JAMES W. THOMSON

I was a city boy, born and raised on the North Side of Pittsburgh. In my senior year of high school I scored enough touchdowns to catch the eye of college coaches, but I had an inkling I wasn’t destined for football glory and chose to go to Harvard on a scholarship with no athletic requirements. At Harvard I discovered a love for literature, art history and impassioned conversation.

After college I was commissioned as an officer in US Navy and served two tours as navigator of a supply ship operating along the coast of Vietnam.

In 1977 I completed a Ph.D. in American Studies at the University of Pennsylvania, then spent a year teaching at the University of Miami. Disillusioned by academia, I joined a start-up company as its second full-time employee and moved my young family to Atlanta. Equitrac Corporation, which sold photocopy control systems to professional firms, was in the right market at the right time. When I left the company thirteen years later, we had over three hundred employees in offices from L.A. to London.

For years I’d harbored a desire to become a writer but had rarely put pen to paper. Then I got a chance to join a workshop led by the great short story writer Andre Dubus, Jr.  Among the many things Andre taught us is that all stories are written one sentence at a time. You don’t need to escape to a cabin in the woods to move your story along; you can write the next line while you’re making coffee or sitting in traffic or waiting for one of your children to finish soccer practice. The key is to let the characters catch hold of you, to let them become insistent and never ignore them when they have something to say. Then again, in what might seem like a complete contradiction, I learned that it’s important to find a way to carve out a bit of time every day when you sit at your desk and force yourself to face the blank page.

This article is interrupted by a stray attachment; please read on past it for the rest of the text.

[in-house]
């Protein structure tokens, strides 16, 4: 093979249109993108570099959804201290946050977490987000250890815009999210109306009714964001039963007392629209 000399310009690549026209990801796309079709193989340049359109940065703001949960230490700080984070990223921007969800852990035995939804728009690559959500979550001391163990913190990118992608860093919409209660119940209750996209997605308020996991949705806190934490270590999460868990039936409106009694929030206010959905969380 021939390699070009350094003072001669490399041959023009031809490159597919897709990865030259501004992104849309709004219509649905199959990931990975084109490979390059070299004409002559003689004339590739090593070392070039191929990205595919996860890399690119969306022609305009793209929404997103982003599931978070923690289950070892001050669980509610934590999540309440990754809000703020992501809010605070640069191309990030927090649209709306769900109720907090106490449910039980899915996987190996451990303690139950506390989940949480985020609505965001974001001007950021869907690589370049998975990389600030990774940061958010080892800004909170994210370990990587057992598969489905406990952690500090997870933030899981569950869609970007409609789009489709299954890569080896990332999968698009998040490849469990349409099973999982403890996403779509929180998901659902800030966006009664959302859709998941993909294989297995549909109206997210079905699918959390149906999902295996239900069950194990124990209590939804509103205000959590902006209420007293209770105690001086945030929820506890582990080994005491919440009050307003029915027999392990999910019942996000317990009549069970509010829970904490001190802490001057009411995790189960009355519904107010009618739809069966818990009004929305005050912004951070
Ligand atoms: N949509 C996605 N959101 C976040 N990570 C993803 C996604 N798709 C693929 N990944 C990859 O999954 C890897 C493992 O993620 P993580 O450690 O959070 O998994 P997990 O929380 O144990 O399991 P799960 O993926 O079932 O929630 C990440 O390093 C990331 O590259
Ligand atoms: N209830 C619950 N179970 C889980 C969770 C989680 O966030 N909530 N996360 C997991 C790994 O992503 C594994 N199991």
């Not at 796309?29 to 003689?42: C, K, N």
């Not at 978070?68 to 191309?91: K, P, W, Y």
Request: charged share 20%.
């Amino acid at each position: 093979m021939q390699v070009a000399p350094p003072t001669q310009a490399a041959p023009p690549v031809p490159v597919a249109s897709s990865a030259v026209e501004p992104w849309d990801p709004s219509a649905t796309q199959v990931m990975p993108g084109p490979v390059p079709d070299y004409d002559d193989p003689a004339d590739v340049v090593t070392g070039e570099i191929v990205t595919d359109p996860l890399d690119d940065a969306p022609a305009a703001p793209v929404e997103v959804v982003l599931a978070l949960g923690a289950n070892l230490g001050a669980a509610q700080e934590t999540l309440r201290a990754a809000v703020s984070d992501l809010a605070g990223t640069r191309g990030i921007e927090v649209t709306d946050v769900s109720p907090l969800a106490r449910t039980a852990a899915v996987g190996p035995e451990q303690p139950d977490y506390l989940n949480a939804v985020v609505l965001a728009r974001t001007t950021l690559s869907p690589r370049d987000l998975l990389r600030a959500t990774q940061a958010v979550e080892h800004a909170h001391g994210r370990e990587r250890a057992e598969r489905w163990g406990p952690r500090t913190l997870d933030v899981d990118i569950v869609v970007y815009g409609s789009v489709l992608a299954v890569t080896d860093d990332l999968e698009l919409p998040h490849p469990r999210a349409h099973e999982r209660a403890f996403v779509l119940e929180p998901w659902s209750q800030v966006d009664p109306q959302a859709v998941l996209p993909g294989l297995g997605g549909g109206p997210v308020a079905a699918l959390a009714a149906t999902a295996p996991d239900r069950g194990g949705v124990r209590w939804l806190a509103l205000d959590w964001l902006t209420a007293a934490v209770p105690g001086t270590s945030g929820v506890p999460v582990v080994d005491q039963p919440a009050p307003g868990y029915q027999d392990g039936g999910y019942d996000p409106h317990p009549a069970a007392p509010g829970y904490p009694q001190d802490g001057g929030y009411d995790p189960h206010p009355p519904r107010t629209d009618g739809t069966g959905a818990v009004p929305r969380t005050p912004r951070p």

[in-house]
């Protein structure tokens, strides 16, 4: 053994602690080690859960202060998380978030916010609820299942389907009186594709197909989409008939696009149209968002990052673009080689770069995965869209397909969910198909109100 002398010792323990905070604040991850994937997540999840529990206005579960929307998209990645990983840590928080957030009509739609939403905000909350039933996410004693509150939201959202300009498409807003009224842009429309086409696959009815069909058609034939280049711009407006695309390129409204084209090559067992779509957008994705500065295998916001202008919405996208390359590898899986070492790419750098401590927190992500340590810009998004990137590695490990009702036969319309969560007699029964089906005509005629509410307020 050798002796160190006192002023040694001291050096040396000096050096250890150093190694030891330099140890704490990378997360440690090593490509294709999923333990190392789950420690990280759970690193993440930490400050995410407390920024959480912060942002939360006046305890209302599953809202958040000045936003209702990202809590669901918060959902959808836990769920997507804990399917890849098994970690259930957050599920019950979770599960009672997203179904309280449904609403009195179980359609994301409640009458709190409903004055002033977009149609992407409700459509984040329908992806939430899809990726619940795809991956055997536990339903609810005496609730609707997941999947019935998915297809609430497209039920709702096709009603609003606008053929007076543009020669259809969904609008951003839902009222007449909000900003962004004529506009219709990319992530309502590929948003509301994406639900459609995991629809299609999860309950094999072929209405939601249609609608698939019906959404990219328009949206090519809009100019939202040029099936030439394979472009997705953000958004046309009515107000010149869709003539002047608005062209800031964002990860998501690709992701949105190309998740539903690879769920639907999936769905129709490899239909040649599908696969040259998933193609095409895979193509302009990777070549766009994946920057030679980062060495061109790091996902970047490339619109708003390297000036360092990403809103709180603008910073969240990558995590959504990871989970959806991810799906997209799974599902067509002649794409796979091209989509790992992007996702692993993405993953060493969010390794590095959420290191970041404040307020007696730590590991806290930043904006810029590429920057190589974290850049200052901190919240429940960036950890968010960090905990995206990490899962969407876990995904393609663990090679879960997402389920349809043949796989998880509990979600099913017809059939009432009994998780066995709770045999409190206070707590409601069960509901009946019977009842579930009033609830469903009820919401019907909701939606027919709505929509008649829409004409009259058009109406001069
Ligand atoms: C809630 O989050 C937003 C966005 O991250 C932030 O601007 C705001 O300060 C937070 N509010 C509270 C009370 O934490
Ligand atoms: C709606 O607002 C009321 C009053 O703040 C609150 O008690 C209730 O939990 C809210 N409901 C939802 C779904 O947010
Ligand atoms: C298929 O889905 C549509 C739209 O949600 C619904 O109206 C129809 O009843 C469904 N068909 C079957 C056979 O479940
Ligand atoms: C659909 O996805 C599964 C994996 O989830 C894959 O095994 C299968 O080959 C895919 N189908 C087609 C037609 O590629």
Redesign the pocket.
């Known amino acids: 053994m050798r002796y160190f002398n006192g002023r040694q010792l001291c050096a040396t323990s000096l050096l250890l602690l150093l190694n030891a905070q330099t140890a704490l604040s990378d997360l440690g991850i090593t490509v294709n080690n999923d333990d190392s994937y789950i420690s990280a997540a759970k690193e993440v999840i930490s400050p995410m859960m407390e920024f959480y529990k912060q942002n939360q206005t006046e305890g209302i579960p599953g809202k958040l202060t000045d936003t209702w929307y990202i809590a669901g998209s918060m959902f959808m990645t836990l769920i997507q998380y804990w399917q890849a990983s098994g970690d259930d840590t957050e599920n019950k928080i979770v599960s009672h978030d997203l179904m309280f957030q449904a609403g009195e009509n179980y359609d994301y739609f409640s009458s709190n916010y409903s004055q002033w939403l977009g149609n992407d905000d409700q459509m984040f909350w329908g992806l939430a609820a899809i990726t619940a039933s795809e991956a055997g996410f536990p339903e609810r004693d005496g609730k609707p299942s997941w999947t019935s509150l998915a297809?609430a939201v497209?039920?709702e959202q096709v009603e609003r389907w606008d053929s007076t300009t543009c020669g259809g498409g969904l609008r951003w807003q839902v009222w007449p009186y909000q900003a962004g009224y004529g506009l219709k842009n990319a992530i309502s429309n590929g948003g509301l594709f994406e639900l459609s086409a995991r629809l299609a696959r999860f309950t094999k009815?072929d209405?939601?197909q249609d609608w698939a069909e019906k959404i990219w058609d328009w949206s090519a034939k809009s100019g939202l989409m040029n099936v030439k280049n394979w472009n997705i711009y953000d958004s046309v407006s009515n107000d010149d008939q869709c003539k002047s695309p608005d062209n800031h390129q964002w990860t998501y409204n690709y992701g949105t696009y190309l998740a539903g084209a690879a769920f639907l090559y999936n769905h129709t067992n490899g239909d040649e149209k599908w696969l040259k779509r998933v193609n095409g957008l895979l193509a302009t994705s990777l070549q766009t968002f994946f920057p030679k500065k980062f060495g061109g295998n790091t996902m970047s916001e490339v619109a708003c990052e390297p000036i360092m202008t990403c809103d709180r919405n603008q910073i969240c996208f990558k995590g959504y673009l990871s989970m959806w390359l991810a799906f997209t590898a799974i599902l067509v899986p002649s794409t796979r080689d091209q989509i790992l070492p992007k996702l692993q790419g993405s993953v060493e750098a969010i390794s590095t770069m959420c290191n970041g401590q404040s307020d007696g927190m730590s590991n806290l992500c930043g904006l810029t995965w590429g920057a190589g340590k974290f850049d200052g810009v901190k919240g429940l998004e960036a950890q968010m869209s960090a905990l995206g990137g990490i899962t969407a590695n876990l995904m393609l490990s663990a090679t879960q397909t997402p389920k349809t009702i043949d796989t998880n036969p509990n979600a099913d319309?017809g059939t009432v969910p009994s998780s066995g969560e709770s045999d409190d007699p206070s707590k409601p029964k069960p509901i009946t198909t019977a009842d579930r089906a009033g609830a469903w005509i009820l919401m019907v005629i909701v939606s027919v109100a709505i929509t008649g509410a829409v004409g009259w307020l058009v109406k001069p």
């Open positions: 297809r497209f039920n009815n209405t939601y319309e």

I have have been writing for more that two decades.  My work has earned me a grant from the Massachusetts Cultural Council, and several of my stories, including “Mr. Spotless,” which won a national short story contest, have appeared in literary quarterlies.  Still, the road to getting a book published was long and frustrating.  My manuscripts received hundreds of rejections, and there were several times when an editor said she wanted to accept a book, only to be turned by the editorial committee.  Now, thanks to the efforts of my indefatigable agent, Laura Gross, Lies You Wanted to Hear was accepted by Sourcebooks and published in November, 2013.  When I got the news about the book, my wife Elizabeth smiled brightly and said, “It’s like you’ve been pregnant for twenty years.”

Lies was chosen as the book of the month for Redbook magazine in December 2013, and featured as a “must read” by People and Marie Claire.  It was also one of ten books selected for LibraryReads for November and given a starred review by Shelf Awareness.  I hope that my perseverance is an inspiration to other struggling writers, who will also find an audience for their work. 

Elizabeth and I live in a Victorian farm house west of Boston. Between us we have five far-flung adult children.